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Archive for Monday, April 9, 2012

KU sees rise in applicants from China, India

April 9, 2012

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As colleges and universities across the country report an uptick in the numbers of applications they’re getting from international students, Kansas University is no exception.

Nationally, schools are seeing more and more applications from China, according to a report from the Council of Graduate Schools.

Nationwide, this fall’s applications from that country are up 18 percent for master’s and doctoral programs from a year ago, the report showed.

KU, however, is seeing a higher percentage increase from India, said Thomas Heilke, dean of graduate studies at KU.

Applications for graduate study from India increased 20 percent from this time a year ago. China went up, too, but by 7.4 percent. Charlie Bankart, assistant vice provost for international programs, said China still is far and away the country that sends the most international students to campus, making the percentages a little deceiving.

“Your base is that much higher,” he said.

India has had 270 students apply in 2012, while China had 872. Both countries have increasing populations and a growing middle class, Bankart said.

In China, however, a different family structure, with families limited to having only one child, can mean it’s easier for those children to attend school overseas with grandparents, aunts and uncles helping out.

“That whole network is able to leverage their funds collectively to provide a student with the funds to get an education that will change their life,” Bankart said.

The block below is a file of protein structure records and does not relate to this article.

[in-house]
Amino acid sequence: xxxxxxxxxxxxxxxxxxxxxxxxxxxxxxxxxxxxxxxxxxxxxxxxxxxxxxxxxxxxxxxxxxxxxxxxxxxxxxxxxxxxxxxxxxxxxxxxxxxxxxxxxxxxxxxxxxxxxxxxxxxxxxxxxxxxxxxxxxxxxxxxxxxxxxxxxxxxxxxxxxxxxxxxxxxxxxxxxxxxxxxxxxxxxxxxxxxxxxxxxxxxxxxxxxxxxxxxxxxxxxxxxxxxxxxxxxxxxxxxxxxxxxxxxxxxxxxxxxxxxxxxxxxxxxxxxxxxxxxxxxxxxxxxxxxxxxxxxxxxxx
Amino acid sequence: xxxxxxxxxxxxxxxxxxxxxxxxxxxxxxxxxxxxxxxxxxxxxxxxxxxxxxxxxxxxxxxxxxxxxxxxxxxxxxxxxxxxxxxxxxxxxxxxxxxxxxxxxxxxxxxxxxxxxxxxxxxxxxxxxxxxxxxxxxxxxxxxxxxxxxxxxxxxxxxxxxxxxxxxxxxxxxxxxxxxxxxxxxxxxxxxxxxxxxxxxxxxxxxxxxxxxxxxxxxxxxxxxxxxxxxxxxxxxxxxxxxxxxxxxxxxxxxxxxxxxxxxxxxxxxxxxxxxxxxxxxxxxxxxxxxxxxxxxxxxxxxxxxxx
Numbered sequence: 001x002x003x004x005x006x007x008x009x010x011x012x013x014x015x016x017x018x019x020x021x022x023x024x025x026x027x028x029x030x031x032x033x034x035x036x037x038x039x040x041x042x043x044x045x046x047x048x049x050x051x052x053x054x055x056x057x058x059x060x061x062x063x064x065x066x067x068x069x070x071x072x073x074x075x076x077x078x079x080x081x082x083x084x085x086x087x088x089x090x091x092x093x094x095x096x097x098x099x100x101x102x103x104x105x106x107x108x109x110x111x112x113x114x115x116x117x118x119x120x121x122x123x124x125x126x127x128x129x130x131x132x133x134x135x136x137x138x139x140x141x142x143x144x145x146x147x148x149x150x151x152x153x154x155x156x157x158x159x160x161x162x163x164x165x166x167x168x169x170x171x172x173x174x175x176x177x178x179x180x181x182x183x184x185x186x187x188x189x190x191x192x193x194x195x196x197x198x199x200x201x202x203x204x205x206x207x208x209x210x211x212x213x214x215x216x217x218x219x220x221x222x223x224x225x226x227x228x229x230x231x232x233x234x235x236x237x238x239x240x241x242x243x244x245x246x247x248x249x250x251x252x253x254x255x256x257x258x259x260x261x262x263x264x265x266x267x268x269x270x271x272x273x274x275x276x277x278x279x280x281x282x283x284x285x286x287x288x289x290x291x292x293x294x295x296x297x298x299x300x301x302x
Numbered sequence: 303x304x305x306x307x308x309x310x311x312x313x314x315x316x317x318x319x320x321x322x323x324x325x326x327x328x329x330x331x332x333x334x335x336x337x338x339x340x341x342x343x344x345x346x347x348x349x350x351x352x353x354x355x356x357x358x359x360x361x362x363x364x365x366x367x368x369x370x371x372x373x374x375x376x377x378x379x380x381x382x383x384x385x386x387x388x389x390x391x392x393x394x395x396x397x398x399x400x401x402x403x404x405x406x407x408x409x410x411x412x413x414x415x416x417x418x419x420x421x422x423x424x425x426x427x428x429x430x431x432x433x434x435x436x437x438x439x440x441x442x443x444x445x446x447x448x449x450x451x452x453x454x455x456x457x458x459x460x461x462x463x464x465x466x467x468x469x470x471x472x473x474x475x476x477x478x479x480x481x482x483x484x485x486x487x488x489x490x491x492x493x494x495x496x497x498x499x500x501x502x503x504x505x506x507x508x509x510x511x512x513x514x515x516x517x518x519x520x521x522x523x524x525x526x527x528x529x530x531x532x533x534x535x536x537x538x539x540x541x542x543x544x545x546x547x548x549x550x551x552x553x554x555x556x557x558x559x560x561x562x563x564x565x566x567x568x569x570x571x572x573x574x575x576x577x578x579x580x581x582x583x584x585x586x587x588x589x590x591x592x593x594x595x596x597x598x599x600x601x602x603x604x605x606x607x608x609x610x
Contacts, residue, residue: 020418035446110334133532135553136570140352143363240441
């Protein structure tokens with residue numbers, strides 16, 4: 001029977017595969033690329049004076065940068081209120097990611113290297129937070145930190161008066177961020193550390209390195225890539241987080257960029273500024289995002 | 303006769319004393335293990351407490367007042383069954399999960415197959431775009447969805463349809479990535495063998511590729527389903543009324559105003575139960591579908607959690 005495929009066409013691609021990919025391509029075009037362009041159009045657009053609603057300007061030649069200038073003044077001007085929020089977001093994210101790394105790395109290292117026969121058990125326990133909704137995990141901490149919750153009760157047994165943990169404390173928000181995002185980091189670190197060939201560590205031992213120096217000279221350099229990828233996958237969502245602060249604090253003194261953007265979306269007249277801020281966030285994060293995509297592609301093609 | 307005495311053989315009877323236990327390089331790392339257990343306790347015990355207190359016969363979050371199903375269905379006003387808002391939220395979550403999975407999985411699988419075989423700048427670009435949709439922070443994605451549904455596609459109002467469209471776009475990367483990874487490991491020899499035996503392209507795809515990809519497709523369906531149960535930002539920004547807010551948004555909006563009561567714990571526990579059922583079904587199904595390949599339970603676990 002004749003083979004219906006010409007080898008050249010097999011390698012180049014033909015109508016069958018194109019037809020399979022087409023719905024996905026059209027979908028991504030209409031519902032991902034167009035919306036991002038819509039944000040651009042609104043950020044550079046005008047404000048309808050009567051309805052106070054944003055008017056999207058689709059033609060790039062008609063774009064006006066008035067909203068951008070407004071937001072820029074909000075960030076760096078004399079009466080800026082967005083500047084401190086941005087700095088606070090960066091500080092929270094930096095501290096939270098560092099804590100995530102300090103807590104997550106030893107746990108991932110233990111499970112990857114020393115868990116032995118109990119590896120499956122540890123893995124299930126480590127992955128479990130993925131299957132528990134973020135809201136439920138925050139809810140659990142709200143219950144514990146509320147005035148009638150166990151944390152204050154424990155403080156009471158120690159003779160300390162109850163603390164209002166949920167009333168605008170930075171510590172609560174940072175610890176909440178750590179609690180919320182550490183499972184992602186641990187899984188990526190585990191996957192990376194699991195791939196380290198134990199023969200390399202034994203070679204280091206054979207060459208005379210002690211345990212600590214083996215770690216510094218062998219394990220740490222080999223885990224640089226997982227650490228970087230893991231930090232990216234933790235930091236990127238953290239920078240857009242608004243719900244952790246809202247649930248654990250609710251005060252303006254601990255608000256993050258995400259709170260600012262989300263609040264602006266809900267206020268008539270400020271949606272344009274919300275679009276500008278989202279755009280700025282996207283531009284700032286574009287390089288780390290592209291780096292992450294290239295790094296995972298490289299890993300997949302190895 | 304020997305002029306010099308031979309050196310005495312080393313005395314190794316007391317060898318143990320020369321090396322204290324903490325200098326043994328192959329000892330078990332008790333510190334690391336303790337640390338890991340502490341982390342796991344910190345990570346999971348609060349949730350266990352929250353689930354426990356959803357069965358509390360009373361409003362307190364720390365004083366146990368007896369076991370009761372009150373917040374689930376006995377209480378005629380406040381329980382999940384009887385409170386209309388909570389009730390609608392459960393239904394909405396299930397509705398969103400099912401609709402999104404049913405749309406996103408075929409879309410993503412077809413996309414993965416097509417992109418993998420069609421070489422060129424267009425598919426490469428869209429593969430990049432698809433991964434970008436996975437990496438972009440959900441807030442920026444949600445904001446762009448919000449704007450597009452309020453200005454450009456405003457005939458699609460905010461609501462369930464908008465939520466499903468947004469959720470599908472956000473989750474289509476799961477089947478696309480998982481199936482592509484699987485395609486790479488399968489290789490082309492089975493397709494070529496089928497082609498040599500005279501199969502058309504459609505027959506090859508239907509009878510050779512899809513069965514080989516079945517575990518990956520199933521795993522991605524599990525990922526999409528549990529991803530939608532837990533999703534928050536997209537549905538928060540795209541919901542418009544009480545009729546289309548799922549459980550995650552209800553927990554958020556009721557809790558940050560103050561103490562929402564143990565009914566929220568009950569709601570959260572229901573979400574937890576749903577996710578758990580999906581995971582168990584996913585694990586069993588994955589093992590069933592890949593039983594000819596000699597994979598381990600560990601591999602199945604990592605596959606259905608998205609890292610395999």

Heilke said KU’s overall increase in graduate international applications — up 9 percent from last year — is right in line with the national average, as cited in the Council of Graduate Students report. Much of the uptick is in the sciences, particularly in the life sciences, he said.

Bankart said KU is seeking to increase its graduate and undergraduate enrollment of international students.

Some new measures are being put in place, including an effort to reach out to international students with information about application deadlines and other details, instead of simply responding to emailed questions.

Other programs currently under review for international students include an orientation program and a program to offer additional academic support in the students’ first year, Bankart said.

“We’re hoping these students are going to get their (bachelor’s degrees) and think about KU for graduate school,” he said.

KU’s School of Law is also involved in recruiting international students.

Law Dean Stephen Mazza said the school operates a two-year program ending in a juris doctorate degree, designed for students who already have earned a law degree in their home country.

Mazza said the law school has not had a focus on China but has tried to step up its recruitment efforts with law schools in other countries.

The law school is not trying to expand the program beyond its current levels of eight to 10 students, Mazza said. The students come to the law school from all over the world, he said.